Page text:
When a deposit is exchanged for a preferred share, the employe may then open up a new account in the savings department. Deposits in the savings department may be withdrawn at any time, and interest will be paid to the date of the withdrawal. The savings department is open every day (except Saturdays) from 8.30 to 11.00 a.m. Employes severing their connection with the firm, and having deposits in the savings department, will be paid such deposits with accrued interest on the day of their leaving.

The success or failure of any move after it has passed the probationary period, has to be gauged by results. Although not yet five years in operation, out of the 1,000 shares of preferred stock—each share being $25— 496 shares, or practically one-half, have been taken up by the employes, and the number is constantly growing, so favorably do those in the service of the firm regard the co-operative plan and the savings bank department. Fully one-third of the employes are now shareholders in the firm and the number has never fallen below one-quarter. Of course, it varies in number in much the same manner as do savings deposits in chartered banks. In times of prosperity and abundance of employment, deposits in the country’s monetary institutions naturally grow, but, when a wave of depression comes and there is a stringency, the savings are withdrawn in a greater or less extent to meet pressing conditions or tide the depositors over a period of uncertainty.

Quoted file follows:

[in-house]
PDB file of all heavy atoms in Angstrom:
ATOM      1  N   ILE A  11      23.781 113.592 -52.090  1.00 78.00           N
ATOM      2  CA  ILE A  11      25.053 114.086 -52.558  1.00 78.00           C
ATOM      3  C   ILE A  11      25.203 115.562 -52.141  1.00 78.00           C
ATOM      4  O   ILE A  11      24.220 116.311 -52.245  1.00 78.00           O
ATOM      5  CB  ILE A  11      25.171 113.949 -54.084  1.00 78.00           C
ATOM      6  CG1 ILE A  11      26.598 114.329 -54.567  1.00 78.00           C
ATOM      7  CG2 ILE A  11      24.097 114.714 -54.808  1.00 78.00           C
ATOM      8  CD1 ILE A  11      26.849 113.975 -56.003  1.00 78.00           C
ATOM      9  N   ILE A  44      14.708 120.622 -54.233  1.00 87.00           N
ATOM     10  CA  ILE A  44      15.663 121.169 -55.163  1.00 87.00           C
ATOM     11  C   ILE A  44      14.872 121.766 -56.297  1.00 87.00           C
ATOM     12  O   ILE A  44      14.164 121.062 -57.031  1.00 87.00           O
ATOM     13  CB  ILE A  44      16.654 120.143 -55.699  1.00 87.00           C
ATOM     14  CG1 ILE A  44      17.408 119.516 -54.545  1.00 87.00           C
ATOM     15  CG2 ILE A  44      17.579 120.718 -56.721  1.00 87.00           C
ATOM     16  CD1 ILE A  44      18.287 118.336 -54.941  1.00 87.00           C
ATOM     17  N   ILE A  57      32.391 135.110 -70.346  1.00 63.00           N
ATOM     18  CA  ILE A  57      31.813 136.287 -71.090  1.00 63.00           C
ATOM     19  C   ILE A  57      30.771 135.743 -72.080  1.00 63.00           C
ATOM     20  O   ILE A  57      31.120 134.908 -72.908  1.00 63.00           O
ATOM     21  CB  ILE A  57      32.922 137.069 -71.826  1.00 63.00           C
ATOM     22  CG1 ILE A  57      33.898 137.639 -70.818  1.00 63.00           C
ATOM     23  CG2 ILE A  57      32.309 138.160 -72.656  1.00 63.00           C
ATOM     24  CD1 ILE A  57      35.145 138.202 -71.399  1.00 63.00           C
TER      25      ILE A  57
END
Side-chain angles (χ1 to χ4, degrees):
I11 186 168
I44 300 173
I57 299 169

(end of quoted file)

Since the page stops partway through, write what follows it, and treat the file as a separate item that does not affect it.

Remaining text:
The same order of things holds true in connection with the shares and savings bank accounts in Stanley Mills & Co.’s establishment. Sickness at home, some member of the family out of work or totally unforeseen demands result at times in an employe converting his or her share, or shares of preferred stock into cash or withdrawing a portion or all of his or her savings. It might here be mentioned that the preferred stockholders have not only received the eight per cent, guaranteed interest on their holdings, payable in four equal quarterly instalments since the system was begun, but during the past two years the stock has carried a bonus of two per cent., so satisfactory has been the outcome. The stock can be held only by an employe, no outsiders being allowed to participate. Many of those in the service of the company have, by systematic saving, increased their holdings in five years from one or two shares, to ten, fifteen and twenty shares. Some lay up ten cents a week, others twenty-five or fifty cents, while older employes and heads of departments, who are in receipt of good salaries, set aside one, two or three dollars or even more.